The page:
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Citizens Insurance Company of America v. Uncommon

August 31, 2011


The opinion of the court was delivered by: Judge Feinerman


Citizens Insurance Company of America filed this diversity action against three entities and an individual, referred to here collectively as "Uncommon," seeking a declaration that it has no duty to defend or indemnify Uncommon against counterclaims brought by UncommonGoods, LLC, in Uncommon, LLC v. UncommonGoods, LLC, No. 10 C 4818 (N.D. Ill.). Uncommon counterclaimed, seeking a declaration that two insurance policies issued by Citizens obligated it to defend and indemnify Uncommon, damages for breach of contract, and statutory remedies under 215 ILCS 5/155 for Citizens' alleged bad faith refusal to provide a defense. Uncommon moved for summary judgment, and Citizens moved for judgment on the pleadings. Citizens' motion is granted and Uncommon's motion is denied.


Uncommon operates a website,, through which it sells high-end, customizable design cases for cellular phones. In the underlying lawsuit, Uncommon sought a declaration that it did not infringe UncommonGoods' trademarks; that it had not engaged in unfair competition, false designation of origin, or unfair competition; and that there was no likelihood of confusion between Uncommon's products and those of UncommonGoods. Doc. 24-3 at 2-14. Uncommon filed that suit after receiving letters and notices from UncommonGoods charging that Uncommon's use of the name "Uncommon" infringed UncommonGoods' trademarks. Id. at 10-11. UncommonGoods answered and filed counterclaims against Uncommon alleging: (1) trademark infringement under the Lanham Act,

15 U.S.C. § 1114; (2) common law trademark infringement; (3) unfair competition under the Lanham Act, 15 U.S.C. § 1125(a); (4) common law unfair competition; (5) deceptive trade practices under the Illinois Uniform Deceptive Trade Practices Act, 815 ILCS 510/1 et seq.; (6) tortious interference with business practices; (7) fraud on the Patent and Trademark Office ("PTO"); and (8) unjust enrichment. Id. at 17-34. The claims and counterclaims in the underlying action have been settled and dismissed with prejudice. See Uncommon, LLC v. UncommonGoods, LLC, No. 10 C 4818, Stipulated Order of Dismissal (N.D. Ill. Aug. 30, 2011).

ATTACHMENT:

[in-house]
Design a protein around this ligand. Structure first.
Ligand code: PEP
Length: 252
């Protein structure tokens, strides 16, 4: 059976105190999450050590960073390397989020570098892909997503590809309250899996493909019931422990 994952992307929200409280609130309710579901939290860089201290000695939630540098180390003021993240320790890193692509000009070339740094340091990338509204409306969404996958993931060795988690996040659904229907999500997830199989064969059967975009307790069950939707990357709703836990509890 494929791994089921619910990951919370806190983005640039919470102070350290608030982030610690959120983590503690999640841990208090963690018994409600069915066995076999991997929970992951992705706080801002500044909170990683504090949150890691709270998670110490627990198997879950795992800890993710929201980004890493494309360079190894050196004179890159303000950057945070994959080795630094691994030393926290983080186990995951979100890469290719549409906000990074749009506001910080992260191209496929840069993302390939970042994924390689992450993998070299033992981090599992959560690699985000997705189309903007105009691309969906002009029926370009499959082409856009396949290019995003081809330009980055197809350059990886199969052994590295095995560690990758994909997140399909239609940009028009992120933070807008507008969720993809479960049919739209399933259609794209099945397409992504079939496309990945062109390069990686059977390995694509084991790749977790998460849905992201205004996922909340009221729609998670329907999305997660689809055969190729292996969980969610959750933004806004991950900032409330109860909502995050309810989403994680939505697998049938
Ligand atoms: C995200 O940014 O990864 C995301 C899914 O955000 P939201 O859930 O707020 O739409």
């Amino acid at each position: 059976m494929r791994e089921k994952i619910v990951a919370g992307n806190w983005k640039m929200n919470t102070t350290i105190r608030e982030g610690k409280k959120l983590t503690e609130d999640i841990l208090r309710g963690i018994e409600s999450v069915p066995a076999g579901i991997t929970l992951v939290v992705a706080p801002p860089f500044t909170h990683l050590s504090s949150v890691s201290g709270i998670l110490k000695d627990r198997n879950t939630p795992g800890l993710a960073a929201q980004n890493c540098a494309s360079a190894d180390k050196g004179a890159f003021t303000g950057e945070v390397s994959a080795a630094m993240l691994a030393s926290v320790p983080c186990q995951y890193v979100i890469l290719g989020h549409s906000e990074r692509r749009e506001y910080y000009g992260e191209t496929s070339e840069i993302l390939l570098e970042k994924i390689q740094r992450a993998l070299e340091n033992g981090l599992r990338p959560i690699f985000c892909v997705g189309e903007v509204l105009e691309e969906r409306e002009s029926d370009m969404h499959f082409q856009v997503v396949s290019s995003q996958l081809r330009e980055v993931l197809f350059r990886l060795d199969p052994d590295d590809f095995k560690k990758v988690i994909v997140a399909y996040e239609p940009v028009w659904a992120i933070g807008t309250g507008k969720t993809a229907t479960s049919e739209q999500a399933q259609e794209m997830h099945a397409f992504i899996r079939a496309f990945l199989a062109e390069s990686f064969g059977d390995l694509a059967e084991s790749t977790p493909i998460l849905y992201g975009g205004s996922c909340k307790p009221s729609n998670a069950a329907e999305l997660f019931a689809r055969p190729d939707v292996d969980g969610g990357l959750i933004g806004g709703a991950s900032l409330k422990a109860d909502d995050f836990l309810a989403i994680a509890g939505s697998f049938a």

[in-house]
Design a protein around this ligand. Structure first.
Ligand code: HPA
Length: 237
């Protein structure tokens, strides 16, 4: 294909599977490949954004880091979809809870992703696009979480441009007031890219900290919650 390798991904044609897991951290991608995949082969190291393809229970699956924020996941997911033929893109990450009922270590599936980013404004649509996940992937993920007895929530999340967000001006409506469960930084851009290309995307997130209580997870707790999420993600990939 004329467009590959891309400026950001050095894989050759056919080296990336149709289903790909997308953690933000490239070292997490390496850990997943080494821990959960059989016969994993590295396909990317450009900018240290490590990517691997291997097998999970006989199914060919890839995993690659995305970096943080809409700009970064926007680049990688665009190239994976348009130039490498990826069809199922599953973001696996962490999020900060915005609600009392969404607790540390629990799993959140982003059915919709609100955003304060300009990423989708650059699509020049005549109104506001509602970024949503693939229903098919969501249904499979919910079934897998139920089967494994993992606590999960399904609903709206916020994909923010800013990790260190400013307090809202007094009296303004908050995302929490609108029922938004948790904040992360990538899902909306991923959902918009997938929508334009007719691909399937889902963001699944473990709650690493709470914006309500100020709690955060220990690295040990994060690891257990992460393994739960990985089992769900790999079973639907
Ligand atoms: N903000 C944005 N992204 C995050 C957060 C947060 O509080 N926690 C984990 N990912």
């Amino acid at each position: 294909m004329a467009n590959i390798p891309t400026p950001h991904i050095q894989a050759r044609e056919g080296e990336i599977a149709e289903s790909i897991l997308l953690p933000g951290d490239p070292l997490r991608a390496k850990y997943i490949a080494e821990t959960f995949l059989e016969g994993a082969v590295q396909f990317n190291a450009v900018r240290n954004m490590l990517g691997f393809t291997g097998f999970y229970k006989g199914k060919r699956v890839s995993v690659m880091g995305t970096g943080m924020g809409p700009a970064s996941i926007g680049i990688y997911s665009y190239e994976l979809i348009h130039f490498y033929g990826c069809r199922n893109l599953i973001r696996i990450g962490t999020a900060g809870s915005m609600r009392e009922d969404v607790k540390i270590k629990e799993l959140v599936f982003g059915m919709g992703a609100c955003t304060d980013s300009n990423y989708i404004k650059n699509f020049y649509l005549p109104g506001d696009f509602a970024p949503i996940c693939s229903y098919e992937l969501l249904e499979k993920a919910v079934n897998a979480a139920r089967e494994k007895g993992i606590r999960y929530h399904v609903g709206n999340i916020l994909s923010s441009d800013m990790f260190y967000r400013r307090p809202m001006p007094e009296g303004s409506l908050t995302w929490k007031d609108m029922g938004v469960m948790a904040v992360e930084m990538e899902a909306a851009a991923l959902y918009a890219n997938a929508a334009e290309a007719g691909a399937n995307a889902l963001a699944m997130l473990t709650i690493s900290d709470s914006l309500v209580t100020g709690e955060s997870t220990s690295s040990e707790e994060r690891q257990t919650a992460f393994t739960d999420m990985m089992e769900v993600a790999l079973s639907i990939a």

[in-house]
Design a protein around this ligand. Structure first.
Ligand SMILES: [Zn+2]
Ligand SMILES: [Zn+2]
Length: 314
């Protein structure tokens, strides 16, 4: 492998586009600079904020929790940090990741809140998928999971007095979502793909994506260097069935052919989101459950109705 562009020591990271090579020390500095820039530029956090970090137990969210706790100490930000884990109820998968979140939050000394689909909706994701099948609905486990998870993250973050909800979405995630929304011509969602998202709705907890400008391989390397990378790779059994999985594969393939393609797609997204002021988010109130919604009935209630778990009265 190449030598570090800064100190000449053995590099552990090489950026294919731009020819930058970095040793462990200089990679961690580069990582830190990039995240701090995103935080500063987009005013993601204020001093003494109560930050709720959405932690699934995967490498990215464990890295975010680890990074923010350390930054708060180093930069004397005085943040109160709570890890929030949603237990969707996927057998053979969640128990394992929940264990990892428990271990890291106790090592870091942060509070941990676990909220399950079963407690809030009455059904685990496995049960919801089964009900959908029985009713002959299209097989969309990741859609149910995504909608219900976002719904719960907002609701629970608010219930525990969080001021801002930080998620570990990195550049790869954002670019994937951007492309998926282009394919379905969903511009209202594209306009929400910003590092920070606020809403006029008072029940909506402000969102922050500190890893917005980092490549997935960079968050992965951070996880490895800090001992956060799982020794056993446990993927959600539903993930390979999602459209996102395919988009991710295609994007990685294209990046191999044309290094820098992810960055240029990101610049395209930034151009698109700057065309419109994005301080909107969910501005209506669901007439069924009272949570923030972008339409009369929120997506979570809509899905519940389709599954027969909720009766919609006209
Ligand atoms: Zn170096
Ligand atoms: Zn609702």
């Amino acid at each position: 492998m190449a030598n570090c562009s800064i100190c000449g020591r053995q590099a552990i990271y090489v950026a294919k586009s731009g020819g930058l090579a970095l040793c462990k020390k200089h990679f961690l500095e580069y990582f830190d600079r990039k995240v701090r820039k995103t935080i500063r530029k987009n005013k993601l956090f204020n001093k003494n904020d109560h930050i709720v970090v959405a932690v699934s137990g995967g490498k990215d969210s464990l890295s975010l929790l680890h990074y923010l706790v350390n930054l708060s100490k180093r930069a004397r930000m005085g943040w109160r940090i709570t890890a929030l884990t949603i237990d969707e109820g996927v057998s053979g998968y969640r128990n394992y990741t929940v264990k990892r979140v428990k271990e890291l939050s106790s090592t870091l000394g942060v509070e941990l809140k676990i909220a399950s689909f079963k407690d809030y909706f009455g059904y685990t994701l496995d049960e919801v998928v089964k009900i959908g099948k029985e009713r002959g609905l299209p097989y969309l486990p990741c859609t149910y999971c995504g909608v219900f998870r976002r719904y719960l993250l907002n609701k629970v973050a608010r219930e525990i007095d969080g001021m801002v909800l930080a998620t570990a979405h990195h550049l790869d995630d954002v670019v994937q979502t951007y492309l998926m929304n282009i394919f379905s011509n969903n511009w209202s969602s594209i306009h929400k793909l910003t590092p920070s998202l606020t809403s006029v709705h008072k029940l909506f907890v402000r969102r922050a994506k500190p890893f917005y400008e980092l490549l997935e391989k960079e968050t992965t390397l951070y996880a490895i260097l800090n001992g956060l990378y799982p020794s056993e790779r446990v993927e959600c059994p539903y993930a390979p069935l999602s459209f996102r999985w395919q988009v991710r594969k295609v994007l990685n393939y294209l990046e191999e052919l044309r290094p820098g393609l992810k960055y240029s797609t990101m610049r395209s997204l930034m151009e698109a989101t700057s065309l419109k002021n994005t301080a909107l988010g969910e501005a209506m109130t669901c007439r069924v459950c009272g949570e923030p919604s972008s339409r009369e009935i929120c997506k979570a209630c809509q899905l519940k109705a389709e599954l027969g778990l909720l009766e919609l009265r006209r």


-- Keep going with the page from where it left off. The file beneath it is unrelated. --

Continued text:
The factual allegations upon which UncommonGoods' counterclaims rested may be summarized as follows. UncommonGoods operates a website,, and publishes a catalog offering a variety of merchandise, including "furniture and furniture-related goods, jewelry, apparel and apparel accessories, carrying cases and bags designed for storage and transportation of consumer electronics, cellular phone cases, media players, and laptop computers." Id. at 19 (¶ 14). UncommonGoods owns valid U.S. trademarks for "UNCOMMONGIFTS," "UNCOMMON GIFTS," "UNCOMMON GOODS," and "UNCOMMONGOODS" for use in the online, mail-order, and gift store markets. Id. at 19-20 (¶¶ 15-19). The counterclaims alleged that Uncommon's "use of the UNCOMMON trademark suggests association, affiliation, or sponsorship with [UncommonGoods] and is without the authorization, approval, and permission of [UncommonGoods], so as to cause, or be likely to cause, confusion or mistake, or to deceive consumers as to the origin of [Uncommon's] goods and/or services." Id. at 26 (¶ 48). Uncommon's unauthorized use of the UNCOMMON trademarks, the counterclaims added, interferes with UncommonGoods' "reasonable expectation of a future business relationship with its customers and future customers . [and its] reasonable expectation of exclusive use of its UNCOMMON trademarks," and has resulted in Uncommon "unjustly retain[ing] the benefit of [UncommonGoods'] trademarks and services." Id. at 27, 31 (¶¶ 55--56, 73).

Uncommon holds two insurance policies issued by Citizens, which are materially identical and thus for ease of reference will be treated as one. The policy provides Uncommon with coverage for "bodily injury," "property damage," and "personal and advertising injury." Doc. 24-8 at 14-23. Coverage for "personal and advertising injury" is subject to the following exclusion, referred to here as the "IP exclusion":

This insurance does not apply to:

a. "Personal and advertising injury": * * *

(9) Infringement of Copyright, Patent, Trademark or Trade Secret Arising out the infringement of copyright, patent, trademark, trade secret or other intellectual property rights. Under this exclusion, such other intellectual property rights do not include the use of another's advertising idea in your "advertisement".

However, this exclusion does not apply to infringement, in your "advertisement", of copyright, trade dress, or slogan. Id. at 19.

Upon filing the underlying lawsuit against UncommonGoods, Uncommon notified Citizens, and Citizens denied coverage. Doc. 26-1. After UncommonGoods counterclaimed in the underlying action, Uncommon again notified Citizens, and Citizens again denied coverage. Doc. 26-2. Citizens commenced this coverage litigation two months later, after an exchange of correspondence between the parties' attorneys. Docs. 26-3, 26-4.


The parties agree that Illinois law governs the policies. The Seventh Circuit recently summarized Illinois law as it pertains to the ...

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